Wednesday, February 4, 2015

Washington County Economic Update

Washington County turned in another strong economic performance according to recently-released employment figures. Job expansion has bounced around Washington County’s long-term average of 5 percent for the past three years. During the third quarter of 2014, the county’s year-over employment growth continued in this “just right” zone. In addition, Joblessness continues to edge ever downward and seems to be entering the full-employment range, so expect an uptick in wages in 2015. Rounding out this bright economic picture, gross taxable sales and new car sales showed healthy expansion.

  • Between September 2013 and September 2014, Washington County added more than 3,000 net new jobs for a robust year-to-year growth rate of 5.8 percent.
  • Employment expansion continued across a wide spectrum of industries, another indication of a strong economy.
  • The public sector, leisure/hospitality services and construction all added at least 500 new positions. In addition, both retail trade and transportation contributed more than 400 jobs each.
  • Manufacturing showed a hefty 200-job, 8-percent gain between September 2013 and September 2014. While the Blue Bunny plant closure is not reflected in the September numbers, neither is the re-opening of the Viracon plant. Overall, manufacturing employment should continue to increase.
  • Healthcare and social services showed slower-than-average gains in the third quarter of 2014. However, healthcare hiring remains strong. Losses in residential care (which includes teen treatment centers) lies at the heart of the current slowdown.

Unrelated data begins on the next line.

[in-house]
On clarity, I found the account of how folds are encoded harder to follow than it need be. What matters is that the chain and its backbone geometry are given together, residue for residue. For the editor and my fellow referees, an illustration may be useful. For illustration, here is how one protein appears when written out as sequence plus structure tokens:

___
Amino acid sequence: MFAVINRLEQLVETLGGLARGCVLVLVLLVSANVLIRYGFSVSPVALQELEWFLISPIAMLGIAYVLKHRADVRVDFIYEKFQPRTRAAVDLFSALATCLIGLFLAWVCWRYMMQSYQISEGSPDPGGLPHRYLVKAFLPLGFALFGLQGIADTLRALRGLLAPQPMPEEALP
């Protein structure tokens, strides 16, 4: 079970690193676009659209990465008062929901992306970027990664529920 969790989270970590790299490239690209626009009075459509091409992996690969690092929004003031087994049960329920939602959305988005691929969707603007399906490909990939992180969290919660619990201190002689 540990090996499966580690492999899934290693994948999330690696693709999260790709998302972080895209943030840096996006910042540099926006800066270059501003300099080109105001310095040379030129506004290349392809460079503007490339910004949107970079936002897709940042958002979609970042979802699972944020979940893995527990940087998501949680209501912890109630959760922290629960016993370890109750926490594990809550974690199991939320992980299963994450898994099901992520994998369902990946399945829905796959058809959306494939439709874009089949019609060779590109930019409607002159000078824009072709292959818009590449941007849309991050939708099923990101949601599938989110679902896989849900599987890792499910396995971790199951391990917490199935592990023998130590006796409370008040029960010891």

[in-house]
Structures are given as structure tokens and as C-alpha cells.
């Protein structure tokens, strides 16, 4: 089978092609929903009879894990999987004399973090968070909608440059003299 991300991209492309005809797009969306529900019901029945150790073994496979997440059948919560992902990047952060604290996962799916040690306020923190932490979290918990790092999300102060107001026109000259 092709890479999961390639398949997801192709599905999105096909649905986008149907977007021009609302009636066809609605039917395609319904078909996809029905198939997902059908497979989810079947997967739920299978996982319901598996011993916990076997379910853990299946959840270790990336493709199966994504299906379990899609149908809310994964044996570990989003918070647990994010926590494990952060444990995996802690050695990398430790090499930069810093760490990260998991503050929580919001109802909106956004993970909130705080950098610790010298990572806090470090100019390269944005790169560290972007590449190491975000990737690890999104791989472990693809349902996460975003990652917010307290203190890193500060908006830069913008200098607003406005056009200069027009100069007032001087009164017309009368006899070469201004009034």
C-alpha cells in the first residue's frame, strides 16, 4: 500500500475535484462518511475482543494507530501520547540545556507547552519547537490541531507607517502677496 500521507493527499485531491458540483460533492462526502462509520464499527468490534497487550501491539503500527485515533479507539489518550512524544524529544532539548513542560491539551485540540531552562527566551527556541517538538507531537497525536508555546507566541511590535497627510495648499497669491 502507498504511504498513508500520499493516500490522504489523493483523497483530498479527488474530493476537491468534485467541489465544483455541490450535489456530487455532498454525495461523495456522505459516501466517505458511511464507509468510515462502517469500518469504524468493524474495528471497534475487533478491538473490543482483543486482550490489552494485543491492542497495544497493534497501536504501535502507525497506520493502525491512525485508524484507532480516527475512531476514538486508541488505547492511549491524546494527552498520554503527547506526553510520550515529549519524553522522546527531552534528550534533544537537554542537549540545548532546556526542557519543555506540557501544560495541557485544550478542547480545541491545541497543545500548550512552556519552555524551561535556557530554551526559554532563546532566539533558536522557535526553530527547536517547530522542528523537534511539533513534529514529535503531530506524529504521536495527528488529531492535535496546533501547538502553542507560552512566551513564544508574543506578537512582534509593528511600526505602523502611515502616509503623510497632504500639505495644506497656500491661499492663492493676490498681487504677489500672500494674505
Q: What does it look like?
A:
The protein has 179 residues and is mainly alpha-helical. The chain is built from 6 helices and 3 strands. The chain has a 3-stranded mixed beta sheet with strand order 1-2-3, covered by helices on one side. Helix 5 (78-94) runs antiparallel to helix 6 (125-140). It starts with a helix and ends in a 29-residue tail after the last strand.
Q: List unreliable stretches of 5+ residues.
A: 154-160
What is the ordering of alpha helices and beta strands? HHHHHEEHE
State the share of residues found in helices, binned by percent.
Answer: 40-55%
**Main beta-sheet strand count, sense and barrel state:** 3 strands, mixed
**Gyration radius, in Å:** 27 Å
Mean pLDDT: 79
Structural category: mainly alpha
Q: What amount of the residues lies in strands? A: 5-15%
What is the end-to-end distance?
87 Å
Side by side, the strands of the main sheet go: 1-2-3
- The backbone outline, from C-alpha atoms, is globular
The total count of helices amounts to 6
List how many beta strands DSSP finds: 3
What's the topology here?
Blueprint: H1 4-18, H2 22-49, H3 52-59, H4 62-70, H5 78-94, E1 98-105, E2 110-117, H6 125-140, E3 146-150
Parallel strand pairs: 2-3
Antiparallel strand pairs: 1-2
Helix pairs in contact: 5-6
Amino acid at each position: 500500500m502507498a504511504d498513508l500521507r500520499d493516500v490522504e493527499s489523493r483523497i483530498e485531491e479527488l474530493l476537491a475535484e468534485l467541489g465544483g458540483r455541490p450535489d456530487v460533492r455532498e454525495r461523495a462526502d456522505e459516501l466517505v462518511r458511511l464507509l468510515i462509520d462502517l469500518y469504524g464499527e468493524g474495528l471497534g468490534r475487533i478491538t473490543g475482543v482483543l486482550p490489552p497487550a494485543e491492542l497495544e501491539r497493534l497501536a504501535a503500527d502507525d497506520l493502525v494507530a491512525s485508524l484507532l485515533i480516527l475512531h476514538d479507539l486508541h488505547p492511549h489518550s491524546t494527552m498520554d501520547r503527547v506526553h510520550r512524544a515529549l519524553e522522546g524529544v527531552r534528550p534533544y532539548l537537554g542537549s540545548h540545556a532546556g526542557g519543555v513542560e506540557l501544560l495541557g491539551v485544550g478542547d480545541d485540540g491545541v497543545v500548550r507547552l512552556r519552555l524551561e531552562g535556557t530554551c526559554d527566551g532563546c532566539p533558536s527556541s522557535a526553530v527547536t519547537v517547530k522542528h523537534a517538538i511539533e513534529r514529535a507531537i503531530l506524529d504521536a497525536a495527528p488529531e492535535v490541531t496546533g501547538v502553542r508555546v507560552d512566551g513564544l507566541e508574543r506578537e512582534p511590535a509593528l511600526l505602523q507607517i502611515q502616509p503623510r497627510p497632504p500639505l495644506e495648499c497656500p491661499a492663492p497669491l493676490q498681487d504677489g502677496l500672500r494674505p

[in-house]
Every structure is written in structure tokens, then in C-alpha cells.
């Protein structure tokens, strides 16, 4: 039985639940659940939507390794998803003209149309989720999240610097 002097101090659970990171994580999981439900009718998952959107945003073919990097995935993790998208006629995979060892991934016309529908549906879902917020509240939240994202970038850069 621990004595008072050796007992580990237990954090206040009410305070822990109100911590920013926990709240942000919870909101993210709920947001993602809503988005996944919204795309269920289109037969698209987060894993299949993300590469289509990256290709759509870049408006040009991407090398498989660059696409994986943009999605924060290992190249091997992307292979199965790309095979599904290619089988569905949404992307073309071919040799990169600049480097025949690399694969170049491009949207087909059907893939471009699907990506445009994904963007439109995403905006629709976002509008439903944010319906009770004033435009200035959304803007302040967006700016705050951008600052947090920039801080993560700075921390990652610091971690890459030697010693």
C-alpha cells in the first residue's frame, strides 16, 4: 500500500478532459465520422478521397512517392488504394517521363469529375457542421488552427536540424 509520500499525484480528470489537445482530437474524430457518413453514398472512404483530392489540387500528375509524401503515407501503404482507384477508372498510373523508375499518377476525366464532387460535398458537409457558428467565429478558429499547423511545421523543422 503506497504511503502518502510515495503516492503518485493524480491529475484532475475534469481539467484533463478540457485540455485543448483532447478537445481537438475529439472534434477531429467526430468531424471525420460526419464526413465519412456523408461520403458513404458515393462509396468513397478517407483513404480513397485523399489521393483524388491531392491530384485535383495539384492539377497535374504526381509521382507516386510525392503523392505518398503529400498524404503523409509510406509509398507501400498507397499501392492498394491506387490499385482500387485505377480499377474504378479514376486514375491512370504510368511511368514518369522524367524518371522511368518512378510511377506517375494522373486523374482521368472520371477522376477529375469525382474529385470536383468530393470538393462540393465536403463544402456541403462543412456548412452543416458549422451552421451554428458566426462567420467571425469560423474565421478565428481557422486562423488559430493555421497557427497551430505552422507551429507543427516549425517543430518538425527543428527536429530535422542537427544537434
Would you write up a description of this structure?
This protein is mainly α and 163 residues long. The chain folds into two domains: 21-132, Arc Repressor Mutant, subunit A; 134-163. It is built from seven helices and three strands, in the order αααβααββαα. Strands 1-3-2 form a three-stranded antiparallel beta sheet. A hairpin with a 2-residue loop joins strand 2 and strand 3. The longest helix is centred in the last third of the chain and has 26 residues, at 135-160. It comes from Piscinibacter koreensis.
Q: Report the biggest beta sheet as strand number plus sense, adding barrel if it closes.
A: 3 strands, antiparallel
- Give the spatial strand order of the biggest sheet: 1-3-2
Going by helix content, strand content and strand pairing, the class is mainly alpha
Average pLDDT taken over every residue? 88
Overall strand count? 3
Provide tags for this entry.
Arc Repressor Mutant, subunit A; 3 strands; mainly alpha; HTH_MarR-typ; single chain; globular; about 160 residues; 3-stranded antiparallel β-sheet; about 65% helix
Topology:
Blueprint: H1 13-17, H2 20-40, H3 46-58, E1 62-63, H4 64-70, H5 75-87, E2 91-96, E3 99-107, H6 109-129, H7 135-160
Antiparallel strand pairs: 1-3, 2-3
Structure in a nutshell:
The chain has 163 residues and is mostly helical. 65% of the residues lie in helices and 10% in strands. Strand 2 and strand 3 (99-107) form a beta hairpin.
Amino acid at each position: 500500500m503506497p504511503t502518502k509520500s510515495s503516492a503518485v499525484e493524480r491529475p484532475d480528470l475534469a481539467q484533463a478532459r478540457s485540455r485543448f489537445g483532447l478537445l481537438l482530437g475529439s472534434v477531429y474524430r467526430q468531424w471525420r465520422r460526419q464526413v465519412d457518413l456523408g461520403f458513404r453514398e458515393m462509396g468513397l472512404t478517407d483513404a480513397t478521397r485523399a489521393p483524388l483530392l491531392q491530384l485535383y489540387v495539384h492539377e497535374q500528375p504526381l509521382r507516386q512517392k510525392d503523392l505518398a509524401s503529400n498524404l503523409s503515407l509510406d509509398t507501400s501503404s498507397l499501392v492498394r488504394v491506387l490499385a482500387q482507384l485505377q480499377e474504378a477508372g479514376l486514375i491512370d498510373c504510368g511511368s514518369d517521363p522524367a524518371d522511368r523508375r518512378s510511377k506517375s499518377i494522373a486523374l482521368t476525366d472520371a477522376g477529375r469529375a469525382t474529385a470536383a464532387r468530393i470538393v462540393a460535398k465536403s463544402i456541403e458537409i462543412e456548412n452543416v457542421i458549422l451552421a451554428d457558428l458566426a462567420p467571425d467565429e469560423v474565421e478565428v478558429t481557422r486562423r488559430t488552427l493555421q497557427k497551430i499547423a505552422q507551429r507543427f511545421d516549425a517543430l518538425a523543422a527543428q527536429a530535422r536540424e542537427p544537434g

• The only major industry employment loss of note is not really a decline at all. The seeming drop in wholesale trade jobs resulted from a location coding correction rather than the actual loss of positions.
  • Washington County’s December 2014 unemployment rate edged down another notch to 3.9 percent.
  • Lower numbers of jobless workers coupled with continued moderate job growth should mean the forces of supply and demand will put upward pressure on wages.
  • In the first few weeks of 2015, first-time claims for unemployment insurance per at the low levels of the past several years primarily reflecting seasonal layoffs.
  • In the third quarter of 2014, gross taxable sales increased by a year-over rate of 7.2 percent providing one more strong quarter in a long line of sales improvements.
  • Washington County’s new car and truck sales jumped a whopping 25 percent between the third quarters of 2013 and 2014.
  • Authorized permits for new homes did drop 20 percent between 2013 and 2014. However, the number of permits remains moderate and reflective of a market that is not overheated.
  • Home sales were also down slightly in the third quarter of 2014, but in general are trending upward.